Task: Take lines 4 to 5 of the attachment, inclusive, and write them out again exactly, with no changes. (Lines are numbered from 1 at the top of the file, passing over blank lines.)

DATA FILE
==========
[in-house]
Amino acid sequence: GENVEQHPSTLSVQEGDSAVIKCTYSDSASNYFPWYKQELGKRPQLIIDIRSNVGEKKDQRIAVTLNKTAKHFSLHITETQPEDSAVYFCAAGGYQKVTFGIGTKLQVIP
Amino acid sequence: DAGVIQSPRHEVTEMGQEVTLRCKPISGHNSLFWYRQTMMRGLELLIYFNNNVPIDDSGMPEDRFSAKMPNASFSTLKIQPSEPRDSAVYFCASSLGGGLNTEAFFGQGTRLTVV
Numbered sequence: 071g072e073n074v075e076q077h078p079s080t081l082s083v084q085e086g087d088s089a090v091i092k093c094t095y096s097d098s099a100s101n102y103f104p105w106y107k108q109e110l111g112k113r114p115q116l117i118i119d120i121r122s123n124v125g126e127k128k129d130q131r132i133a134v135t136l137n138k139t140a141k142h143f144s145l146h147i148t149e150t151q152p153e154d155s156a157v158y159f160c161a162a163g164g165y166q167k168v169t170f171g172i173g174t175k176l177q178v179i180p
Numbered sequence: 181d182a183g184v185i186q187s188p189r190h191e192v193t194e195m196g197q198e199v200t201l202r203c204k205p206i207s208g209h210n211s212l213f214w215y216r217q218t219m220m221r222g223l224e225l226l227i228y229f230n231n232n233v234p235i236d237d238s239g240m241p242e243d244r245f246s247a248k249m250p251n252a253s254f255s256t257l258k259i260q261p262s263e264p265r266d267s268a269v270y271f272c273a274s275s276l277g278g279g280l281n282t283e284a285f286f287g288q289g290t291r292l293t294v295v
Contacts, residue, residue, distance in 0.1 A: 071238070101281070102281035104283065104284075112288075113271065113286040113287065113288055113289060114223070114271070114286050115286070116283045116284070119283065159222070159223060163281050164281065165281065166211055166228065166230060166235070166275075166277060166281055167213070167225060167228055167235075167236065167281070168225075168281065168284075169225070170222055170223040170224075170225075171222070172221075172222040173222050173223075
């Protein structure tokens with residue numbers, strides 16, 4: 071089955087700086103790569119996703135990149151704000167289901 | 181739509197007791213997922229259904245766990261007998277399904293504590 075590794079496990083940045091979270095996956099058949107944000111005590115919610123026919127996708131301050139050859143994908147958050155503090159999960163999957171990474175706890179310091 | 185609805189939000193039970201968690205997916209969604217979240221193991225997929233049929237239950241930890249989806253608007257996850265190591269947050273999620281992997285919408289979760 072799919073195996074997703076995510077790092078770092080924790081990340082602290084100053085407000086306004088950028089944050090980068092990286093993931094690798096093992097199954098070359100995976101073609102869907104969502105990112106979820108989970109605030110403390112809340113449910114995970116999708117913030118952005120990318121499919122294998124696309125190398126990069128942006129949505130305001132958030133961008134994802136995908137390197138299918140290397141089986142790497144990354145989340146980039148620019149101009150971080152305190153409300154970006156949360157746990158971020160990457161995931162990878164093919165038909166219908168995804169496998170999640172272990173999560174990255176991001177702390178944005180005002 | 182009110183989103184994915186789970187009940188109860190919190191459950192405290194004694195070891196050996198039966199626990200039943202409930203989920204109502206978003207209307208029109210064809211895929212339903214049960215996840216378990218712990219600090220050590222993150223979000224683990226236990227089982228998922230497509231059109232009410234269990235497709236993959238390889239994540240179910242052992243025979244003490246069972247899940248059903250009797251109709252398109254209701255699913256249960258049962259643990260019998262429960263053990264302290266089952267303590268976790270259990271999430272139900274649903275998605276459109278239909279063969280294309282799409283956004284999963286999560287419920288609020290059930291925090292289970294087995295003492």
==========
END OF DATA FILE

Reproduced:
Numbered sequence: 071g072e073n074v075e076q077h078p079s080t081l082s083v084q085e086g087d088s089a090v091i092k093c094t095y096s097d098s099a100s101n102y103f104p105w106y107k108q109e110l111g112k113r114p115q116l117i118i119d120i121r122s123n124v125g126e127k128k129d130q131r132i133a134v135t136l137n138k139t140a141k142h143f144s145l146h147i148t149e150t151q152p153e154d155s156a157v158y159f160c161a162a163g164g165y166q167k168v169t170f171g172i173g174t175k176l177q178v179i180p
Numbered sequence: 181d182a183g184v185i186q187s188p189r190h191e192v193t194e195m196g197q198e199v200t201l202r203c204k205p206i207s208g209h210n211s212l213f214w215y216r217q218t219m220m221r222g223l224e225l226l227i228y229f230n231n232n233v234p235i236d237d238s239g240m241p242e243d244r245f246s247a248k249m250p251n252a253s254f255s256t257l258k259i260q261p262s263e264p265r266d267s268a269v270y271f272c273a274s275s276l277g278g279g280l281n282t283e284a285f286f287g288q289g290t291r292l293t294v295v